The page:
He said the cost was more likely to be between $30 trillion and $40 trillion, in line with a study from the Urban Institute. “We don’t have to go that route — all we have to do is go back, restore Obamacare, make it — provide a public option,” Biden said.

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Warren stood up for her plan as she spoke to reporters before a major Democratic gathering in Des Moines — and seemed to suggest Biden was not a true Democrat.

“If anyone wants to defend keeping those high profits for insurance companies and those high profits for drug companies, and not making the top 1 percent pay a fair share in taxes and not making corps pay a fair share in taxes, then I think they’re running for the wrong presidential primary,” she said.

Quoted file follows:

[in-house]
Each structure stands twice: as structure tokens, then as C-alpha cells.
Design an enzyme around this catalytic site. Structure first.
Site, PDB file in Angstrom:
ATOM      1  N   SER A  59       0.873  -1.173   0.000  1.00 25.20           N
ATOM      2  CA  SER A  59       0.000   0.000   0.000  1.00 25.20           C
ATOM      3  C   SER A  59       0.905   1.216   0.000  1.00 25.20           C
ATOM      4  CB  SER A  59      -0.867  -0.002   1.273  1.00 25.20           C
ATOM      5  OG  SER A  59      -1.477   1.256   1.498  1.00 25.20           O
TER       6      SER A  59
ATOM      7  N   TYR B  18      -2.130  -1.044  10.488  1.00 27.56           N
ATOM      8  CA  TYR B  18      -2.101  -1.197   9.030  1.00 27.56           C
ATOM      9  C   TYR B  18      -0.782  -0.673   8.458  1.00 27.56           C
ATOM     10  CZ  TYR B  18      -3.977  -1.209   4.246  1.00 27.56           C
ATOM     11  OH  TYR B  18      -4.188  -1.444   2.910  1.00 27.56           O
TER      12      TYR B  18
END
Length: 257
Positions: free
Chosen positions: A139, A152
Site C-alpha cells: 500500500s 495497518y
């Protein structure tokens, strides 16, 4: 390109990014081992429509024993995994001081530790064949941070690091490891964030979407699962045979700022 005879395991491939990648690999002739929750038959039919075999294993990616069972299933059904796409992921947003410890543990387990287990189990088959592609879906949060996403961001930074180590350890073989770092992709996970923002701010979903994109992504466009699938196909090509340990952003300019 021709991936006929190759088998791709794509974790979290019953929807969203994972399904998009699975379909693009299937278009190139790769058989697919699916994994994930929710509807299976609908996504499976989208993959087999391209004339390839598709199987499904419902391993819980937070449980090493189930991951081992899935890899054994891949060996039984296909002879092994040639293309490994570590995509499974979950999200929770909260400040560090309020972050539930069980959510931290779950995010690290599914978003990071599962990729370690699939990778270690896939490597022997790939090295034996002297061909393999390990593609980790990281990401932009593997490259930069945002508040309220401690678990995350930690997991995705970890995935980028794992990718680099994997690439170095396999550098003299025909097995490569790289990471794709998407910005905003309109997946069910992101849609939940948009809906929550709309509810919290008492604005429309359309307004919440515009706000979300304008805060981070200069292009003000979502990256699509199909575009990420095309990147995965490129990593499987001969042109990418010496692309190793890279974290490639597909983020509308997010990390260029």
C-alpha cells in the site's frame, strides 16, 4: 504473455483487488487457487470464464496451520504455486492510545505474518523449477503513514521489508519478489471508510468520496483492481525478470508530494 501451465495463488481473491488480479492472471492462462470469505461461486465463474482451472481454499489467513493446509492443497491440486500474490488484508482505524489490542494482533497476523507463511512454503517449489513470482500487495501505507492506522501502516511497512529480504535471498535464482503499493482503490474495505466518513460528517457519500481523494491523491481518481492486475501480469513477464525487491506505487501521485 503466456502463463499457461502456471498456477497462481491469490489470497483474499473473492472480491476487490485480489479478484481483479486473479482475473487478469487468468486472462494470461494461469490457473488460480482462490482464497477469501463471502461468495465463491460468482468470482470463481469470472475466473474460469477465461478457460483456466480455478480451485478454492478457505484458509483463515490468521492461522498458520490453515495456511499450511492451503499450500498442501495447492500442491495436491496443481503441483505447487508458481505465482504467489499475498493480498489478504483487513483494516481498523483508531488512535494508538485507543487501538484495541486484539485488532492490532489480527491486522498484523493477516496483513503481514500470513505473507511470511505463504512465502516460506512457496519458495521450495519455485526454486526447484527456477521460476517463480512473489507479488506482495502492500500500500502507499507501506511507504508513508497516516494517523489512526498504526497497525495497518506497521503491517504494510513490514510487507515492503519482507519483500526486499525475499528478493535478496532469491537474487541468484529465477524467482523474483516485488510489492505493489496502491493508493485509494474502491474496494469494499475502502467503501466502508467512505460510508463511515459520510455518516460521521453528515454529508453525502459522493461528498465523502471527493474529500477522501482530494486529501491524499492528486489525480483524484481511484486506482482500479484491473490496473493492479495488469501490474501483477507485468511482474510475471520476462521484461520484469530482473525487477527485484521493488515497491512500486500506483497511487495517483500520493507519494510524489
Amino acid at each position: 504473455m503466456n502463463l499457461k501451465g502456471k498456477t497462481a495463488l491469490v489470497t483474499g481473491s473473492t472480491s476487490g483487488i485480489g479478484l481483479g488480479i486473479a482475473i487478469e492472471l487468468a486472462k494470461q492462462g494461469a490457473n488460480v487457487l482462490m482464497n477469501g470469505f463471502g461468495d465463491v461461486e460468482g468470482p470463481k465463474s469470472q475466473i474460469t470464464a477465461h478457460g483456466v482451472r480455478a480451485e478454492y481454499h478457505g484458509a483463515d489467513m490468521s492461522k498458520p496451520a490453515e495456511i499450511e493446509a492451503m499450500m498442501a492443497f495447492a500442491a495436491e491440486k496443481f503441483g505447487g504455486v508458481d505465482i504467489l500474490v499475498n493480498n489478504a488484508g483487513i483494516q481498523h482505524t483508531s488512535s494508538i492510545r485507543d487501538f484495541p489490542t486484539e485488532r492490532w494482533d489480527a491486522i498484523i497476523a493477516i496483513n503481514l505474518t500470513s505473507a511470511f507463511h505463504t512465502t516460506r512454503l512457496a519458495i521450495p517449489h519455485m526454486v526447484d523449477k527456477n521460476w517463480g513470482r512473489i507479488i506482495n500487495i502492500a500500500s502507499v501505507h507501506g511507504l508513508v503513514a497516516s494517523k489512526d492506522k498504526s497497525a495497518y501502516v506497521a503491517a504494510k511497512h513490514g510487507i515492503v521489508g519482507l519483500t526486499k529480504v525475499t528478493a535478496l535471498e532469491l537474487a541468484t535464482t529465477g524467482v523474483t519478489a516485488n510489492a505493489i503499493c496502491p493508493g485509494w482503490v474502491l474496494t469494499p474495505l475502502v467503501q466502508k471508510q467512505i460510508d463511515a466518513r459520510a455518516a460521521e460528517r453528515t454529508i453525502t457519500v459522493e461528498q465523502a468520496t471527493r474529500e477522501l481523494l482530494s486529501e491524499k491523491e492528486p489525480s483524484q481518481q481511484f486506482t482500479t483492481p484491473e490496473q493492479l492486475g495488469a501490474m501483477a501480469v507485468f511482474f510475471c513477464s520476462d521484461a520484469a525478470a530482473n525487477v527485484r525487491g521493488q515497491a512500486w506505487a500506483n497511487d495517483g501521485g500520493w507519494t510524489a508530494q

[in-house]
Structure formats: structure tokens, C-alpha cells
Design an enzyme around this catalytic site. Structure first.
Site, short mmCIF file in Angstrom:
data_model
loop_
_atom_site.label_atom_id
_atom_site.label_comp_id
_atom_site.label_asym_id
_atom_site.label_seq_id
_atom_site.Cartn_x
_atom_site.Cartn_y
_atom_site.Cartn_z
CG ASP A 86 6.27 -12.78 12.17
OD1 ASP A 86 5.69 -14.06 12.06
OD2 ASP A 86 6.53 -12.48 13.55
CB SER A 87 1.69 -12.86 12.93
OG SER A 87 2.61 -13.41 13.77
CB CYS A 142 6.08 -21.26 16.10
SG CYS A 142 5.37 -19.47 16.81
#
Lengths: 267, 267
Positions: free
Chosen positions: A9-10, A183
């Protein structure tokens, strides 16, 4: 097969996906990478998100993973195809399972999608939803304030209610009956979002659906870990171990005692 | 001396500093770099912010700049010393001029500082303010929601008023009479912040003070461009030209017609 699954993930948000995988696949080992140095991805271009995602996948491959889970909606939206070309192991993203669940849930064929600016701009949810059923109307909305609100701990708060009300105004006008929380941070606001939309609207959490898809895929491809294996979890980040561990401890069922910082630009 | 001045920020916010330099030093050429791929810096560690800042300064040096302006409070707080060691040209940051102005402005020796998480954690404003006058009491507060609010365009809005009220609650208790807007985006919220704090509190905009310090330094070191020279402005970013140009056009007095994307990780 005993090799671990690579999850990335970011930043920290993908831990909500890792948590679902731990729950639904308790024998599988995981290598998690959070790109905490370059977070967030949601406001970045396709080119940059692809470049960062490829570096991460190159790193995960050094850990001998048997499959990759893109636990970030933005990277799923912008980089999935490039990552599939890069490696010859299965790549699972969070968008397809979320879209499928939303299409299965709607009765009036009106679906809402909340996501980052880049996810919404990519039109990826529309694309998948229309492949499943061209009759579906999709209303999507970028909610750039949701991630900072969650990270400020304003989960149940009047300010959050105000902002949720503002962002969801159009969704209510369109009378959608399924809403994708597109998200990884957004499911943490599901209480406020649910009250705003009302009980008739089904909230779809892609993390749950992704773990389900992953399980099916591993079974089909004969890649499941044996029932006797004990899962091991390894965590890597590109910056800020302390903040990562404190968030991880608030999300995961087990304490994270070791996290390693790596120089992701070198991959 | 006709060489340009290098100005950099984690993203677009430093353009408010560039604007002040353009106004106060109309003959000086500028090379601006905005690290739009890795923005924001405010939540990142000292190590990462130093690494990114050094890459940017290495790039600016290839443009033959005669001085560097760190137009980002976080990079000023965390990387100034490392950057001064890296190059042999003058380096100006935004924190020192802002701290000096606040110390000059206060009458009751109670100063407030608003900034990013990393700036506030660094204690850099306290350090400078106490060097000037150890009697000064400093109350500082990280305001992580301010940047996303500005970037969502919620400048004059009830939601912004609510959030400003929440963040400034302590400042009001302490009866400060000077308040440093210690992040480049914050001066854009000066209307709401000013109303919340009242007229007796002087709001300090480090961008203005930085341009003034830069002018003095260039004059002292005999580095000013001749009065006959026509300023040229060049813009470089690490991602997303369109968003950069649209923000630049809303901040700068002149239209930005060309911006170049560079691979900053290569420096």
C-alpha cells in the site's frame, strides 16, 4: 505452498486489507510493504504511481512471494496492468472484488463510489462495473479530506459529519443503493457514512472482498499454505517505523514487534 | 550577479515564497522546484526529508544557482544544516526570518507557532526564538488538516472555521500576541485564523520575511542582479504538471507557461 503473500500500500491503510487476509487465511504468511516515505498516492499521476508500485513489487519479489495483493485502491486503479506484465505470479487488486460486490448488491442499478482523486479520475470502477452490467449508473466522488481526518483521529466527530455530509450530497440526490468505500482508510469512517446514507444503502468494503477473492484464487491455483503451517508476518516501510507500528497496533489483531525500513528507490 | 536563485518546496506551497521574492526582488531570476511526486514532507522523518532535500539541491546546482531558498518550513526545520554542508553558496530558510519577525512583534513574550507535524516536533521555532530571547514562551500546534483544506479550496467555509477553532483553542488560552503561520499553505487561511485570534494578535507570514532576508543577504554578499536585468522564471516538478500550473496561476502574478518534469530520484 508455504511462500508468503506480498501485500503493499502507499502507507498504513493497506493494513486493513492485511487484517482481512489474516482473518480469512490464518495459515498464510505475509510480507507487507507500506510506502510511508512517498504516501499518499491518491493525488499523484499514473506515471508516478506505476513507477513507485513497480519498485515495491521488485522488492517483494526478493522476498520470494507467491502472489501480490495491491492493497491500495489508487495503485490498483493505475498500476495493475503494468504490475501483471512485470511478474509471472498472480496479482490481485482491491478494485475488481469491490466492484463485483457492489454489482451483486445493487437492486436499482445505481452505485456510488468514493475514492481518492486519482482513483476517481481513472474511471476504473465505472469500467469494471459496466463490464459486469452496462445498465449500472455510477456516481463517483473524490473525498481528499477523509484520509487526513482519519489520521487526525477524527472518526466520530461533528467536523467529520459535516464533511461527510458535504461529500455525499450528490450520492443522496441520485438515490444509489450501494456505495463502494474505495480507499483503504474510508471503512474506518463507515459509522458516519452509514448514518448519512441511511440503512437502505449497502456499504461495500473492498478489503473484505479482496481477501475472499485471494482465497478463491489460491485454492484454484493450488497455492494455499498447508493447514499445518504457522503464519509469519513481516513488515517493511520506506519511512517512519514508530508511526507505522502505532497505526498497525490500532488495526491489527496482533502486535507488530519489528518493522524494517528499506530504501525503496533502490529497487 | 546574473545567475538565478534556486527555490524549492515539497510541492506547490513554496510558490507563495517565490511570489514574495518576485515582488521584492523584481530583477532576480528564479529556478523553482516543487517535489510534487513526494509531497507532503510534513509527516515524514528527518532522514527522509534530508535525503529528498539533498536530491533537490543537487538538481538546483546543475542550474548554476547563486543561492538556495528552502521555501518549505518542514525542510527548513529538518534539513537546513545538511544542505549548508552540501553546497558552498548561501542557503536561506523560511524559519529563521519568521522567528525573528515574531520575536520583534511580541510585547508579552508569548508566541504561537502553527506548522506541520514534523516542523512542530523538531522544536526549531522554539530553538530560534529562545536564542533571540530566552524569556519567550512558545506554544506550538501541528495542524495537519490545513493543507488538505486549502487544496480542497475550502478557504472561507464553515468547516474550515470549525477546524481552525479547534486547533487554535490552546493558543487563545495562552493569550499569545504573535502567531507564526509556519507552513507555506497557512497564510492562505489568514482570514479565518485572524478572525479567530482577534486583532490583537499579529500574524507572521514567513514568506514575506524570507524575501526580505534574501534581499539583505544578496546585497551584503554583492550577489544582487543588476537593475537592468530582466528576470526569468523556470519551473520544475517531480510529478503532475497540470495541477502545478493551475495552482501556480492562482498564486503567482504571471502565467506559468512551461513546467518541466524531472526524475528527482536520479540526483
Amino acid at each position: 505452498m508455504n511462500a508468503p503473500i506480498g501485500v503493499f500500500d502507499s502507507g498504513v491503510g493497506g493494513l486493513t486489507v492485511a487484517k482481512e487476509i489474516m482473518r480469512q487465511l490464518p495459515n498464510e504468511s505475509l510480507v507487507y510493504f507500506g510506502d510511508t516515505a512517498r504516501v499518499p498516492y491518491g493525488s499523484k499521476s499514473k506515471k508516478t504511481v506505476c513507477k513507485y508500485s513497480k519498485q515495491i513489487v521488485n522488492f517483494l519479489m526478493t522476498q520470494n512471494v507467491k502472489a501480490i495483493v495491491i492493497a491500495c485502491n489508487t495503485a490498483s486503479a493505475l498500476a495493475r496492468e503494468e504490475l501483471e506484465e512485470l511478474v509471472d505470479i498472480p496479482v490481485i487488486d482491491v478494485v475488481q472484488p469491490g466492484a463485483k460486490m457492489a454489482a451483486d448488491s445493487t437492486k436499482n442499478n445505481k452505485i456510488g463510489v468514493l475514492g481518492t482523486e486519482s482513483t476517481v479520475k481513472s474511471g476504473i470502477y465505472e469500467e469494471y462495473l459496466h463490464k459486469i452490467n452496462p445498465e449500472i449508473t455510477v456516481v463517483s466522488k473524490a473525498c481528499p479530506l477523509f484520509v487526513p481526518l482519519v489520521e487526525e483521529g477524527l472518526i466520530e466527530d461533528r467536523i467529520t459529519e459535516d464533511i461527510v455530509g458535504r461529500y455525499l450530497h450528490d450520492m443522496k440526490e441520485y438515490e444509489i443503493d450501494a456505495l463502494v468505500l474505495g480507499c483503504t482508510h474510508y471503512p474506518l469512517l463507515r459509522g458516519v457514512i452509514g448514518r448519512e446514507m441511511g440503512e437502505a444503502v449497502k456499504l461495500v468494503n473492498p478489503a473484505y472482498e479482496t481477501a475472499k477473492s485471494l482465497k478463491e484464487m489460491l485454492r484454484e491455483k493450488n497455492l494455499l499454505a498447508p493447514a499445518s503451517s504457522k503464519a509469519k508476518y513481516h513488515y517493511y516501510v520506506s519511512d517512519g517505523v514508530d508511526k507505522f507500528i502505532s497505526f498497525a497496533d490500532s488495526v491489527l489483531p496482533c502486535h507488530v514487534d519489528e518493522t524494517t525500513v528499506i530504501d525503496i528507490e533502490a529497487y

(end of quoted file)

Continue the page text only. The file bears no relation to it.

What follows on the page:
Warren rarely mentions her rivals on the trail, but she invoked Biden by name as she pointed out that former Obama administration officials like Donald Berwick, who was Medicare administrator, had helped develop her cost estimates .

“If Joe Biden doesn’t like that,” she said, “I’m just not sure where he’s going.”

In her policy paper, Warren said she would roll out a plan in the coming weeks that describes how she would transition the country to a Medicare for All system. Sanders’ proposal calls for a four-year runway; that could be a place where her plan departs from his.

Warren would fund Medicare for All with $8.8 trillion in employer contributions, and nearly $7 trillion in taxes on financial firms, large corporations, and a higher wealth tax on people with more than a billion dollars. Those wealthy individuals would be taxed 6 cents on each dollar above a billion. That is on top of Warren’s previously proposed “ultramillionaire tax” — a centerpiece of her campaign — that levies a 2-cent tax on fortunes above $50 million.